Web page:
8:00 rolled around quickly, and the Olympic men took off for the swim first. The results show that only 18 women did the Olympic distance, so our wave start was nice and small. The water was around 68 degrees, which must have been perfect for me because I didn’t even think about it after I got in the water. The picture below shows that the water wasn’t rough, but it was still wavier than I was used to.

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I was a bit thrown off as I bounced around in the water. It was wavy enough that it would have been fun to play in, but it was more challenging than swimming in the nice, flat water that I’m used to. I didn’t swallow any water or freak out, but I did stop to do breaststroke a couple times when I wanted to recompose myself. I rounded the last buoy on the way out and realized I had to look directly at the sun on the way back in. That made it really hard to spot the next buoy. I stopped to tread water for a minute as I shielded my eyes and tried to figure out where to go. A guy stopped and pointed out where he thought we should go. I headed that direction and eventually I was able to spot the remaining buoys. I didn’t think about the waves as much on the way back in, so it was probably more beneficial on the way in versus the way out. This swim was only 1000m rather than the typical 1500m you usually find in an Olympic race. I finished in 20:50 and ran from the beach into transition.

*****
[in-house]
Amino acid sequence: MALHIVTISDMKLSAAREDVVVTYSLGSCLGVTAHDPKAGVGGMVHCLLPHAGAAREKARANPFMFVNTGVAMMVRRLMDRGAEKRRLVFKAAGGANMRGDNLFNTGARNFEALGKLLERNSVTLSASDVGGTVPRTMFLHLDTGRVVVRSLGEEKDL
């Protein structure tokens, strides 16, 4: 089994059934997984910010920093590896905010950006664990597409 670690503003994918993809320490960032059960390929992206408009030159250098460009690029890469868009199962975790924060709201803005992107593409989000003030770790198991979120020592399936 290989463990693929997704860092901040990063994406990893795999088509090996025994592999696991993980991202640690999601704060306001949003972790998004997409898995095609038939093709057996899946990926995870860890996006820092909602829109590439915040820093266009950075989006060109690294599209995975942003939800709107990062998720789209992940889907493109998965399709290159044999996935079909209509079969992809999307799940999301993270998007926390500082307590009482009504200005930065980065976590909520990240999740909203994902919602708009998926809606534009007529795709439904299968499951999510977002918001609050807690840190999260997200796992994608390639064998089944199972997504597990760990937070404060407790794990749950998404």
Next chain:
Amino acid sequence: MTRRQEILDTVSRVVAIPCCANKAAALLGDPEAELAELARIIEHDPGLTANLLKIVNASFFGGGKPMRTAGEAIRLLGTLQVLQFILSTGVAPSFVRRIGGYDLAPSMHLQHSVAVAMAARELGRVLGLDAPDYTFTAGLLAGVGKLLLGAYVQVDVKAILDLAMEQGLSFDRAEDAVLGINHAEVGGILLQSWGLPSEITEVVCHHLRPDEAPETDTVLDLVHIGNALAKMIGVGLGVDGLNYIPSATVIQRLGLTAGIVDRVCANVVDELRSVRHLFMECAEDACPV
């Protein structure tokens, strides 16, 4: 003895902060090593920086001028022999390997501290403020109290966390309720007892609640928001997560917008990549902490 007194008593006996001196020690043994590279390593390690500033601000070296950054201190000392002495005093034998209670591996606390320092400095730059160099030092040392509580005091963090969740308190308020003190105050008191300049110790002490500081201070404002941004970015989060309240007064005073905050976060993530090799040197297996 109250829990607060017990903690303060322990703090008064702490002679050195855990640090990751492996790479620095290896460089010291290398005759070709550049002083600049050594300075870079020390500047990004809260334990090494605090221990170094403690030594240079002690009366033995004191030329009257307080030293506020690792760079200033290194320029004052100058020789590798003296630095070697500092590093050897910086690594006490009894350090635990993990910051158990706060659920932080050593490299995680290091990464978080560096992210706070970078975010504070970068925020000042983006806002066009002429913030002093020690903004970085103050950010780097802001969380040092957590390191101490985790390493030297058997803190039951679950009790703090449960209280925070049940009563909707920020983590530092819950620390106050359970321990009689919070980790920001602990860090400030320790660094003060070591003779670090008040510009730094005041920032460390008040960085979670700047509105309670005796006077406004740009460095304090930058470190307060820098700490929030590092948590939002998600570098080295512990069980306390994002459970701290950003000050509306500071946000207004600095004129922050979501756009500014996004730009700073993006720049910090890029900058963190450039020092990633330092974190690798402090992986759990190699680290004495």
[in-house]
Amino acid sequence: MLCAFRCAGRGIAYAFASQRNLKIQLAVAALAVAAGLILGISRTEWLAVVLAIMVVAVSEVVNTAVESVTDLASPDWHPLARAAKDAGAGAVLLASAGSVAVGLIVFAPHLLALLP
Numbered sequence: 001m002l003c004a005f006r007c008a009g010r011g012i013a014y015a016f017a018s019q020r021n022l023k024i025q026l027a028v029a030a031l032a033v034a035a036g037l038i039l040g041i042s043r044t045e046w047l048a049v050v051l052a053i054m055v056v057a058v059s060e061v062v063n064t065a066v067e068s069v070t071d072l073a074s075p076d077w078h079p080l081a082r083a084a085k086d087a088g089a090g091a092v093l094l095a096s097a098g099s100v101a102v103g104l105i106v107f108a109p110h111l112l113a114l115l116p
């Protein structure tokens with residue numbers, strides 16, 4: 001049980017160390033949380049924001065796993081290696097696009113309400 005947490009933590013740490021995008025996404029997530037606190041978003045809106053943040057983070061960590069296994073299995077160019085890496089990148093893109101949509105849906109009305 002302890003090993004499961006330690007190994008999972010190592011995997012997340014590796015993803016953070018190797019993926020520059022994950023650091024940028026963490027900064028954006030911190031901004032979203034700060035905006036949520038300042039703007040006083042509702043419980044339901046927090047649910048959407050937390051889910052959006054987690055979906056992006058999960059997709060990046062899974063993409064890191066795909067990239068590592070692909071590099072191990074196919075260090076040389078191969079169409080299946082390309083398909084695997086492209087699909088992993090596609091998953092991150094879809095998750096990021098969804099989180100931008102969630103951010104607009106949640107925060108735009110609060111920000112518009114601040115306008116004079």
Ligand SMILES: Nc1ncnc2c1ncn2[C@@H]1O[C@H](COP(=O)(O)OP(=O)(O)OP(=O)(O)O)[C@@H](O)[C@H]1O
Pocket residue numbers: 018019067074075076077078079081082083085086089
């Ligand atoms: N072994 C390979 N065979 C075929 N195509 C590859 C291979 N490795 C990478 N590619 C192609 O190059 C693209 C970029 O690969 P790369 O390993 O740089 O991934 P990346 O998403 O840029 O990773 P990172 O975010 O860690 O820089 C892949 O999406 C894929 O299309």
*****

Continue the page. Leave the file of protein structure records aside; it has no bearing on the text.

I was surprised when one of the volunteers told me I was among the first few women. I didn’t feel like I’d had that strong of a swim! He also let me know when I lost a place or two as I took too long in transition though, haha. Looking back at my last two wetsuit swims, my transition time was actually a little faster this time, but still not great at 3:07. I didn’t struggle as much as I usually do, but I guess I’m just always a bit slow.

The bike ride was nice, with most of it being fairly flat and a few rolling hills mixed in here and there. The beginning of the ride took us past some houses along tree-lined roads with very little vehicle traffic. There was a pretty stretch along Hamlin Lake where I enjoyed looking at the waterfront cottages. Through that point, I saw a few people ahead of me at times, but I was mostly on my own. Then I reached a stretch where we had to do a little out and back, and that’s when I finally got to see other people. From there, we rode up toward the state park before turning around and heading back to town. That was easily one of the highlights of the race. I loved riding with sand dunes on either side of the road and getting glimpses of Lake Michigan at times.

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A view of the bike route from Google Maps

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This stretch of the bike course was absolutely gorgeous

Because the sprint, super sprint, and Olympic races all rode that portion, I got to see a lot more people. I felt like I was flying along easily on the way up to the park. I actually hit 20 mph for a few miles, which is especially fast for me. When I reached the turnaround point, I quickly realized why I’d felt so great. I went from 20 mph down to 15-16 mph as I rode back against the wind. On the way up, I was loving the view and kept smiling at people as they rode the opposite direction. Now I wondered if they’d really been smiling back at me or if they’d actually been grimacing! It was definitely more of a struggle fighting the wind, but I kept telling myself to appreciate the view. I finished the 40K ride in 1:23:48, which is an average of 17.8 mph. It’s a couple minutes faster than I’ve typically covered the distance, so I’m sure those wind-aided miles must have really helped.